A global survey of health professionals, led by Queen Mary University of London, has shown that during the COVID-19 pandemic, patients with Parkinson’s disease in large parts of Asia, Africa, and Latin and South America experienced difficulty in accessing their medication, which is likely to have led to deterioration of symptom control.
The email survey of the Movement Disorders Society, conducted in June 2020 at the height of the pandemic, received 346 responses from members in 76 countries. Responses indicated that 88.9 per cent of those in low-income countries considered access to Parkinson’s disease medication to have been affected by COVID-19, compared with 22.8 per cent of those in high income countries.
All of the surveyed health professionals in low income countries indicated that this would result in increased disability. Resource-poor countries appear to be disproportionately affected compared with more affluent countries.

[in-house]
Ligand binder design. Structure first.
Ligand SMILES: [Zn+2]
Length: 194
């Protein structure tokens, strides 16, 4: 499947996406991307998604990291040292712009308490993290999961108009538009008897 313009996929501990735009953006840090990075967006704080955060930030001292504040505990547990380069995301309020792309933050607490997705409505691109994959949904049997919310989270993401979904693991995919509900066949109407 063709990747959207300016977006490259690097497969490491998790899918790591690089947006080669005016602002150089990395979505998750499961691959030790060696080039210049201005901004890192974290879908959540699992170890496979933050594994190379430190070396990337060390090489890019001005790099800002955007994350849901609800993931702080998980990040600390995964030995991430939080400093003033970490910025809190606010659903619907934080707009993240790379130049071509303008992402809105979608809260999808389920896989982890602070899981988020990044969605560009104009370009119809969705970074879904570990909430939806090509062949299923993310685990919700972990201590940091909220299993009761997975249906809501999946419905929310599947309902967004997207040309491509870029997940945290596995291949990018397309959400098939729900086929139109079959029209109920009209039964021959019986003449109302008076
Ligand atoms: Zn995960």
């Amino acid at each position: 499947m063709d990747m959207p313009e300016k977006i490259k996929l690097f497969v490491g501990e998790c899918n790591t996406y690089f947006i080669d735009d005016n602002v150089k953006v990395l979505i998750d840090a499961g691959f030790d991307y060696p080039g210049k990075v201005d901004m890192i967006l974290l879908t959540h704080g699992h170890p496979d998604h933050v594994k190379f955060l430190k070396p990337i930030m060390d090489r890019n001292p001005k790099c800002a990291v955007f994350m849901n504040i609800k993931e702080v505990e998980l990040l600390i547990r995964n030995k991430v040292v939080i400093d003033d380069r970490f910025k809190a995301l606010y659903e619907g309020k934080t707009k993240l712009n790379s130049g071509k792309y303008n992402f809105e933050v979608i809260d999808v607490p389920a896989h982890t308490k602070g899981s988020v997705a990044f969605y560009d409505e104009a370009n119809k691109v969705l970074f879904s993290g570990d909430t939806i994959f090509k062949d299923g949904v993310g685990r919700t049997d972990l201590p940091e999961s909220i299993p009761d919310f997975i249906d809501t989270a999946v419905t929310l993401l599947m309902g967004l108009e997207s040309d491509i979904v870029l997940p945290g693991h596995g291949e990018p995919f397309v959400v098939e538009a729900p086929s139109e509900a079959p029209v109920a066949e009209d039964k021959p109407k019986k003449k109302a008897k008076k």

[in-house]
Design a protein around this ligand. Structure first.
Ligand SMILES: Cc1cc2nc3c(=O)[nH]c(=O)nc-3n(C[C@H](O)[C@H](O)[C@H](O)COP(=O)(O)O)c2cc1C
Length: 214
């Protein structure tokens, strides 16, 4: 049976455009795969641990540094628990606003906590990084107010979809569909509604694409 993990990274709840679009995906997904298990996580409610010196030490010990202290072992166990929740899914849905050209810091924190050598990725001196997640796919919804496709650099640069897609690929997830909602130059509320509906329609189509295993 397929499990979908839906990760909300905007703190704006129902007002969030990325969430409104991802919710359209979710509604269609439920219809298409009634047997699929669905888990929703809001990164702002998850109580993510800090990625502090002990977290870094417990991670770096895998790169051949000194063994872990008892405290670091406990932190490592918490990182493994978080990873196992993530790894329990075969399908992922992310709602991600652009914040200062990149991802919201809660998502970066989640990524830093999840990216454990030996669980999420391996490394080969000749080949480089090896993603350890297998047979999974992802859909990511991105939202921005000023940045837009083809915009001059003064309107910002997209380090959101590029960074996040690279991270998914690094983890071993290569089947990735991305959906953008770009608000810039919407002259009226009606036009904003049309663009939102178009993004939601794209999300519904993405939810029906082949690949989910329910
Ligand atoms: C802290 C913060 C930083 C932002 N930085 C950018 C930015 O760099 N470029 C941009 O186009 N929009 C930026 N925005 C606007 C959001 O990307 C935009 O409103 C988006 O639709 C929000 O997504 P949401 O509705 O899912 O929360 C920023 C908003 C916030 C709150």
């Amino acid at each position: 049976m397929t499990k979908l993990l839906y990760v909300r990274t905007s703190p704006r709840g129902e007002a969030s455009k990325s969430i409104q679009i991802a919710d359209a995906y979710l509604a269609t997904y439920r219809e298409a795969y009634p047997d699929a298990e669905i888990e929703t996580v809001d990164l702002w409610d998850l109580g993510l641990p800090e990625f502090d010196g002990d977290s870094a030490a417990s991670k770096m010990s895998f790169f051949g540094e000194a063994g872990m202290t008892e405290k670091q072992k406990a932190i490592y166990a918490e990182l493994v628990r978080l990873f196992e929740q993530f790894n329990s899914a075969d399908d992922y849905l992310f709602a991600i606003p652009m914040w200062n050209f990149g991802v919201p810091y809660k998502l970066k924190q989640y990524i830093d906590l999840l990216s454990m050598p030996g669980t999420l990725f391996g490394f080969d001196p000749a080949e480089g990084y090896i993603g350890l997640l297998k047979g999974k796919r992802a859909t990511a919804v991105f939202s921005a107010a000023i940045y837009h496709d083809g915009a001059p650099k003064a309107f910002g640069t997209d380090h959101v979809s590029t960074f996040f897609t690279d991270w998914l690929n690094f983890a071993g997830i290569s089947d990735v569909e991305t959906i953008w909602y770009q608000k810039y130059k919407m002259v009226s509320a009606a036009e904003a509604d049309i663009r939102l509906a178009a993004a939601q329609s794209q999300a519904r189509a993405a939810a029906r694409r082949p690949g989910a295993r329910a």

Corresponding author, Dr Alastair Noyce from the Preventive Neurology Unit at Queen Mary’s Wolfson Institute, said: “This study showed that patients from high income countries in East Asia, Europe and North America were less affected, but patients in middle and low income countries had difficulty obtaining medication, which in turn has resulted in a worsening of morbidity. The results provide further evidence of inequity in routine Parkinson’s disease care by region and wealth, which has been worsened by COVID-19.”
The Preventive Neurology Unit is supported by funding from the Barts Charity.
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